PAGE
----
Argentina's Kicillof to hold news conference following U.N. address

Argentina's Economy Minister Axel Kicillof announces what the government will do following a major setback in its long-running legal battle against "holdout" investors in Buenos Aires June 17, 2014. REUTERS/Enrique Marcarian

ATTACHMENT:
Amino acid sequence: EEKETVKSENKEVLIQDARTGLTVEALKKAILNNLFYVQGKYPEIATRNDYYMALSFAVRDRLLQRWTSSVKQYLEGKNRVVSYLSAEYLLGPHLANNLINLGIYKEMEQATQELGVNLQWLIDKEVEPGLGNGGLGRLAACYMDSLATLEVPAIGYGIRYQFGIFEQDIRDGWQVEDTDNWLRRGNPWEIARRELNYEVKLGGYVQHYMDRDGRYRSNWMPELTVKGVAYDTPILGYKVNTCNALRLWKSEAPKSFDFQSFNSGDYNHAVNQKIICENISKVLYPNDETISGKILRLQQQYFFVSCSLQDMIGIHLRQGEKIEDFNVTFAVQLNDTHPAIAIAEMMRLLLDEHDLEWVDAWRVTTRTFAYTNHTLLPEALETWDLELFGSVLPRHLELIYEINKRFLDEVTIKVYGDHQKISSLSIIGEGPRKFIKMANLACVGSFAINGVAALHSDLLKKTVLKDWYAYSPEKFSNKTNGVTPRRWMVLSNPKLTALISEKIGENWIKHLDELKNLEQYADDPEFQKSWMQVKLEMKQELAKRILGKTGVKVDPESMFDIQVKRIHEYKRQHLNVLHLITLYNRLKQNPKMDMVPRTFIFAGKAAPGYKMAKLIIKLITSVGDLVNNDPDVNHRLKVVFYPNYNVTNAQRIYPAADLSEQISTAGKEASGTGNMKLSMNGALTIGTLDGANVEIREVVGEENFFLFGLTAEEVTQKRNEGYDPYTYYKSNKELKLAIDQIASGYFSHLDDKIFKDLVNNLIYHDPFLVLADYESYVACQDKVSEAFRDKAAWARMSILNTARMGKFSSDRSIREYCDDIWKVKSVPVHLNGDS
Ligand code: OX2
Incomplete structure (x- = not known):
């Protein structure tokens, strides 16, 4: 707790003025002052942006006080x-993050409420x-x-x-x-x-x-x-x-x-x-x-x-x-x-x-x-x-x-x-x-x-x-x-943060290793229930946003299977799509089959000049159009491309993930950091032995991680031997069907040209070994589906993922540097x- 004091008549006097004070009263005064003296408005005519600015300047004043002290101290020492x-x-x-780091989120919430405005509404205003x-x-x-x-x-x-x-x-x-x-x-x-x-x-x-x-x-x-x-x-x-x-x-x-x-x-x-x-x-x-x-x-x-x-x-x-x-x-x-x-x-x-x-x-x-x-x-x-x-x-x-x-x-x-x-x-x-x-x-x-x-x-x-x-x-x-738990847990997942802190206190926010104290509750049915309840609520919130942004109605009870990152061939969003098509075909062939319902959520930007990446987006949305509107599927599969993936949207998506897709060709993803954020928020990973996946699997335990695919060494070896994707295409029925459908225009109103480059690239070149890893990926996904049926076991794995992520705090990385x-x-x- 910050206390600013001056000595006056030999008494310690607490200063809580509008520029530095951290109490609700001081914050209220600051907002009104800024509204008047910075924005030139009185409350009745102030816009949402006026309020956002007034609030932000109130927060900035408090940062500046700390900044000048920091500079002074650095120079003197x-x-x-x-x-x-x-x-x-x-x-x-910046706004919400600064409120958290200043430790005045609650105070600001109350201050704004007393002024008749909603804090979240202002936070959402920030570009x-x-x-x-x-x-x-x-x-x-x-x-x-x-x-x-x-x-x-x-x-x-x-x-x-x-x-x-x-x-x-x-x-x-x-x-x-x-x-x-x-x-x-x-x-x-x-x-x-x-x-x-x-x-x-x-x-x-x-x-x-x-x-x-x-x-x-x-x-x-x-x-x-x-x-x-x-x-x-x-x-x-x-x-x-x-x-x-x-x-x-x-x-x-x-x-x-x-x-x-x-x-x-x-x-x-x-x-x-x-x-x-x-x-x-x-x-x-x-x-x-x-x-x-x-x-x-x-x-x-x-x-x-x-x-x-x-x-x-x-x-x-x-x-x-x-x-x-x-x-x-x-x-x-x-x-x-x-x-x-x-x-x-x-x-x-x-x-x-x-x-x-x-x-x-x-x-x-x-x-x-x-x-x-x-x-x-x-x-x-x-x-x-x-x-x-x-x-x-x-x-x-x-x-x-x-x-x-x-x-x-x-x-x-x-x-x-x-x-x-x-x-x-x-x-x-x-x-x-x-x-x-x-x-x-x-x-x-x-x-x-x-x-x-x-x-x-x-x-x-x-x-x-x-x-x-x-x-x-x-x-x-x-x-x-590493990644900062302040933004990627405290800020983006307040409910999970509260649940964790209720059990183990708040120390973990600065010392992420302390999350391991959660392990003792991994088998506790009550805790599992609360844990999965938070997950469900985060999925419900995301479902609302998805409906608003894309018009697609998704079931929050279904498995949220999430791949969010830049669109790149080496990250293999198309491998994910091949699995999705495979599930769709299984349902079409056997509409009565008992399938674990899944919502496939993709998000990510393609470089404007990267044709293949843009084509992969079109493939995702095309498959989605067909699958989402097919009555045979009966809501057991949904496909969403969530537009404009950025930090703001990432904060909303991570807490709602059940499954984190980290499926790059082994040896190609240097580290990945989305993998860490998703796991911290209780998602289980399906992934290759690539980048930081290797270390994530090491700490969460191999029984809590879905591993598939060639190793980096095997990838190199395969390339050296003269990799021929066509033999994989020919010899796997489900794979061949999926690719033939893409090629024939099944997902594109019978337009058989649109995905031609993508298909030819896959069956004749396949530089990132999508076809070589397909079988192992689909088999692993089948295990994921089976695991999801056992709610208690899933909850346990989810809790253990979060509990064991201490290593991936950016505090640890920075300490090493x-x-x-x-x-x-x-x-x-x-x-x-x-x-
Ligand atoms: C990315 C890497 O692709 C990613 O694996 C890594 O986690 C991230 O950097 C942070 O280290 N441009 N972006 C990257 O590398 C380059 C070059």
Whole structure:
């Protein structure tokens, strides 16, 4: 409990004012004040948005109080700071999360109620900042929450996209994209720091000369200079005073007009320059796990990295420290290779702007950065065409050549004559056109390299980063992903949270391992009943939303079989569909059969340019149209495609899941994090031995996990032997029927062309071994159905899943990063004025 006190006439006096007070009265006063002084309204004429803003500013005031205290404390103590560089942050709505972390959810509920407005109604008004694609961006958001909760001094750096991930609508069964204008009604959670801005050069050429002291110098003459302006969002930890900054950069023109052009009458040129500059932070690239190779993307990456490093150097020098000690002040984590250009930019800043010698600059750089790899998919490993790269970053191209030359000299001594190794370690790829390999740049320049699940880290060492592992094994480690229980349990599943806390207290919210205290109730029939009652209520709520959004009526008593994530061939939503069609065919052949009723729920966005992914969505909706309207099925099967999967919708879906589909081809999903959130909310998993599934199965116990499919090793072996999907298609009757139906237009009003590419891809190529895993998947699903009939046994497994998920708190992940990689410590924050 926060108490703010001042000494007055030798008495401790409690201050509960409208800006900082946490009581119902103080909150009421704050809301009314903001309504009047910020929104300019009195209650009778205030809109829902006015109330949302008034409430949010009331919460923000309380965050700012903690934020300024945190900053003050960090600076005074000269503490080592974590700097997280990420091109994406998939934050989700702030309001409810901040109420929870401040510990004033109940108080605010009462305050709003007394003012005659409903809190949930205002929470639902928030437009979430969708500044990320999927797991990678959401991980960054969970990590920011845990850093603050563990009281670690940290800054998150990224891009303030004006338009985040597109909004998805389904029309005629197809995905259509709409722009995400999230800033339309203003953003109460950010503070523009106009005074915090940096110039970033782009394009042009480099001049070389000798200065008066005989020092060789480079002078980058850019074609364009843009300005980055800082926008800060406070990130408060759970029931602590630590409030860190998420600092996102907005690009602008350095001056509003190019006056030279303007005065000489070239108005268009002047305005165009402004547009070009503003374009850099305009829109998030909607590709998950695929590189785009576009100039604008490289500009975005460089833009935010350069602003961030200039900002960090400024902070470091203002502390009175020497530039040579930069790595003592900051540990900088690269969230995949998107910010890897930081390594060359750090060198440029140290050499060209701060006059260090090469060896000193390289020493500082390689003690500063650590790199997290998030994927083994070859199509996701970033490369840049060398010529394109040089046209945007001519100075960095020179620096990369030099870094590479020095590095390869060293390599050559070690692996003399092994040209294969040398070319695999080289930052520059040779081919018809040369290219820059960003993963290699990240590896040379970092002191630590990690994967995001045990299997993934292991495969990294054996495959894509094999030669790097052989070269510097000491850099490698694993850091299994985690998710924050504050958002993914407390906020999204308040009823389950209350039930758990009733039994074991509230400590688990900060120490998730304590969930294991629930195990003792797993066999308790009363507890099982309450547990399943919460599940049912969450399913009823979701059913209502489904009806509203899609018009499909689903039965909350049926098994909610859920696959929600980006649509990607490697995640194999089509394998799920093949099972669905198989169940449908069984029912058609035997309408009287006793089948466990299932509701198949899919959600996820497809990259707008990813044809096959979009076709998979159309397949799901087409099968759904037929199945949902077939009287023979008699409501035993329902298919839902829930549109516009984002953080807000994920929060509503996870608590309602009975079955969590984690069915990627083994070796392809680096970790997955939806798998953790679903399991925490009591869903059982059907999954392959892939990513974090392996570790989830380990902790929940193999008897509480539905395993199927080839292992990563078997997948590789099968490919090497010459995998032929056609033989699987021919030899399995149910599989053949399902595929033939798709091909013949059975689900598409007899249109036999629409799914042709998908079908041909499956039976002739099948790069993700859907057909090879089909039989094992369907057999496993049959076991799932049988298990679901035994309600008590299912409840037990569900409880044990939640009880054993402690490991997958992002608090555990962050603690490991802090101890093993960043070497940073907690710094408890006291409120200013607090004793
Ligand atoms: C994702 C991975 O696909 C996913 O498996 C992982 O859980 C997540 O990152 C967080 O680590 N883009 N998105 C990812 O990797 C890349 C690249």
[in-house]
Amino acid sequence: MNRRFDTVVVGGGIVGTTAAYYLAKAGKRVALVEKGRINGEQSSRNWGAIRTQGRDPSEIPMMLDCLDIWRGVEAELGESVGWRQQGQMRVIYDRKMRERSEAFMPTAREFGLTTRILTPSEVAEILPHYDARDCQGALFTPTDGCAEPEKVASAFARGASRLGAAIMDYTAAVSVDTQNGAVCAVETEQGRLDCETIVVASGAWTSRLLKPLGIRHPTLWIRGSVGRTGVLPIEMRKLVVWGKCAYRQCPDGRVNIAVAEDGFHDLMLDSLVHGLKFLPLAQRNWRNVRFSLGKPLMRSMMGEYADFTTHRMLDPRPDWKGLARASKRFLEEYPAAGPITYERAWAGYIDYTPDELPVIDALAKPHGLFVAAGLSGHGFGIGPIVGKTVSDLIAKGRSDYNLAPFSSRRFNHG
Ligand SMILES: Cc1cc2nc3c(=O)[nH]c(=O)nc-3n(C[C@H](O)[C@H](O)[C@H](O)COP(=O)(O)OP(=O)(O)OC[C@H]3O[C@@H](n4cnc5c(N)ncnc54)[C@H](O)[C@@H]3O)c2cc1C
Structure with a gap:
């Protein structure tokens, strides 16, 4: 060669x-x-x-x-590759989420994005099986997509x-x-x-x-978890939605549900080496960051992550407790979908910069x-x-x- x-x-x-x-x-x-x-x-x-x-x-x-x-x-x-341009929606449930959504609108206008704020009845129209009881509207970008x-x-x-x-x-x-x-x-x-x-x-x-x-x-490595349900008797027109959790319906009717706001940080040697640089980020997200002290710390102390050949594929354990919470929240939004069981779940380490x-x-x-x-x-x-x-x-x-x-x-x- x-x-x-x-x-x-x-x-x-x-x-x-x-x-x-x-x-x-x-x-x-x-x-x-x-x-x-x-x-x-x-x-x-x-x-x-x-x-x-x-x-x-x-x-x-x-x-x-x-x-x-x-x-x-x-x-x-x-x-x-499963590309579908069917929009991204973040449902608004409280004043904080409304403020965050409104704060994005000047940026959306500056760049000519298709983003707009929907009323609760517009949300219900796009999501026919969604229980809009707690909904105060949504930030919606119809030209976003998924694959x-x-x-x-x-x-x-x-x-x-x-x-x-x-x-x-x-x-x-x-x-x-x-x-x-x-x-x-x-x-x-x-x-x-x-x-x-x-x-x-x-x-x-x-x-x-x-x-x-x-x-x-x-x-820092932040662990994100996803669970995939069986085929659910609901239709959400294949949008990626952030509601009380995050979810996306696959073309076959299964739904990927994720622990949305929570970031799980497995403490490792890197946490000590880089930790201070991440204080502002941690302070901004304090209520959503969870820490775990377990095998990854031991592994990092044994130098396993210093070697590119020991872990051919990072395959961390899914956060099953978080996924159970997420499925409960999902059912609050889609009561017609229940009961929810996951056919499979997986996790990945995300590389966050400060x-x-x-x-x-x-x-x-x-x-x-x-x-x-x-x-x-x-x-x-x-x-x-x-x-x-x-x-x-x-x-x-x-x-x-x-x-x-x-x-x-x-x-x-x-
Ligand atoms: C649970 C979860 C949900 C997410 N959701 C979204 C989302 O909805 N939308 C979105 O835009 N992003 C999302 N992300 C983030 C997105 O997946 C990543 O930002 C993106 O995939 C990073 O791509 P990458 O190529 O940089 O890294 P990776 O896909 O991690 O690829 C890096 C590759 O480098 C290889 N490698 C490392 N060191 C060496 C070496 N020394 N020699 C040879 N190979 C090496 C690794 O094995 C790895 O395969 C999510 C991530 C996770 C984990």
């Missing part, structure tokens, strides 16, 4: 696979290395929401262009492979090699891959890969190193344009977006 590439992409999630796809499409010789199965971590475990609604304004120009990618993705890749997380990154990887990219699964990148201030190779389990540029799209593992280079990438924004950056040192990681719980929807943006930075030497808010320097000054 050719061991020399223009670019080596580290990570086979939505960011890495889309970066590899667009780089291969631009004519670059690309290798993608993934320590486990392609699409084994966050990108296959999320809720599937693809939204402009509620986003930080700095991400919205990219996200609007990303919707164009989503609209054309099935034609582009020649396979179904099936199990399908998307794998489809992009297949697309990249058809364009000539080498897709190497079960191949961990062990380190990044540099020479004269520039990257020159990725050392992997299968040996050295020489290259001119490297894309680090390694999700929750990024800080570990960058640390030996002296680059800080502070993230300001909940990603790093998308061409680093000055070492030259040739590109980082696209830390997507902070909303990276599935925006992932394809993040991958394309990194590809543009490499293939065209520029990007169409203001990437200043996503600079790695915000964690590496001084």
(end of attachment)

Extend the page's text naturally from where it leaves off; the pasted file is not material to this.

By Rodrigo Campos NEW YORK (Reuters) - Argentina's Economy Minister Axel Kicillof will hold a news conference following his address on the country's debt situation to the United Nations, the country's U.N. ambassador said Wednesday. Kicillof is due to speak at the U.N. on Wednesday regarding Argentina's ongoing legal battle with hedge funds who did not take part in the country's two debt restructurings following a 2001-2002 default. Argentina's U.N. Ambassador Maria Cristina Perceval, who greeted Kicillof upon arrival earlier on Wednesday at John F. Kennedy Airport in New York, said the minister would speak to the media after his U.N. address. The speech is scheduled for 3 p.m. EDT (1900 GMT) and the press conference is set for 6 p.m. EDT (2200 GMT). A source familiar with Kicillof's plans said his entourage will be small, with just three or four people from his office. Kicillof will also meet with lawyers for the Argentine government while in New York, a government source in Buenos Aires told Reuters on Tuesday, but it is unclear if he will meet with holdout investors. The country defaulted on approximately $100 billion in debt in 2001-2002. Since then, it restructured that debt in a deal accepted by more than 90 percent of the holders of those bonds. The holdouts, however, have fought for more money, and won a legal judgment in 2012 for $1.33 billion. A recent order by U.S. District Judge Thomas Griesa has heightened the tension in the legal case. Greisa ordered Argentina to pay the holdouts along with its other creditors at a regularly scheduled coupon payment due June 30. Without a resolution, Argentina risks a technical default because they will not be allowed to pay the holders of the restructured debt. Argentine officials, including President Cristina Fernandez, have said the country will not pay these investors, arguing it could face a potential demand of up to $15 billion from other holdouts not involved with the case, an amount representing more than half of the government's $28.5 billion in foreign currency reserves. The United Nations trade agency, UNCTAD, weighed in on the case on Wednesday, echoing concerns voiced by the United States as well as the International Monetary Fund, that the ruling in favor of holdouts erodes sovereign immunity and is a set-back for the debt restructuring process. However investors and legal advisors, alike, say the legal battle with Argentina is so unique and changes to the covenants in bond contracts have adapted to avoid such disputes that chances for a repeat situation have been dramatically reduced. One indication that bonds issued under New York law are not being shunned, at least not so far, is last week's well-received 10-year issue by Ecuador. This was after Ecuador itself selectively defaulted on debt in 2008 after calling debt holders "monsters" and that the debt issued by past governments contained "illegalities." "It is kind of ironic that the day after the Supreme Court came with this decision, we had not Peru, not Colombia, not Mexico, not even Brazil. We have freakin' Ecuador coming to the market with a $2 billion (bond) with a yield of less than 8 percent, and the deal was absorbed very well and the bond is flying now," Javier Kulesz, emerging market credit analyst at Nomura Securities said at a recent forum in New York. Despite the tough public stance, markets believe the parties will eventually negotiate a solution. The price on the country's U.S. dollar-denominated 2033 discount bonds last traded at 87.5 cents on the dollar on Wednesday, yielding 9.93 percent. That's little changed on the day but just off Monday's high when it hit the best levels since August 2011. One week ago, when the threat of a possible default rose, the price of those bonds fell to about 73.4 cents. Insurance against a default on the country's debt has dropped in recent days. The annual cost to insure $10 million in bonds was lately about $1.397 million, down from $2.805 million last week. (Reporting by Rodrigo Campos; Additional reporting by Daniel Bases in New York and Jeremy Gaunt in London; Editing by Chizu Nomiyama and Meredith Mazzilli)

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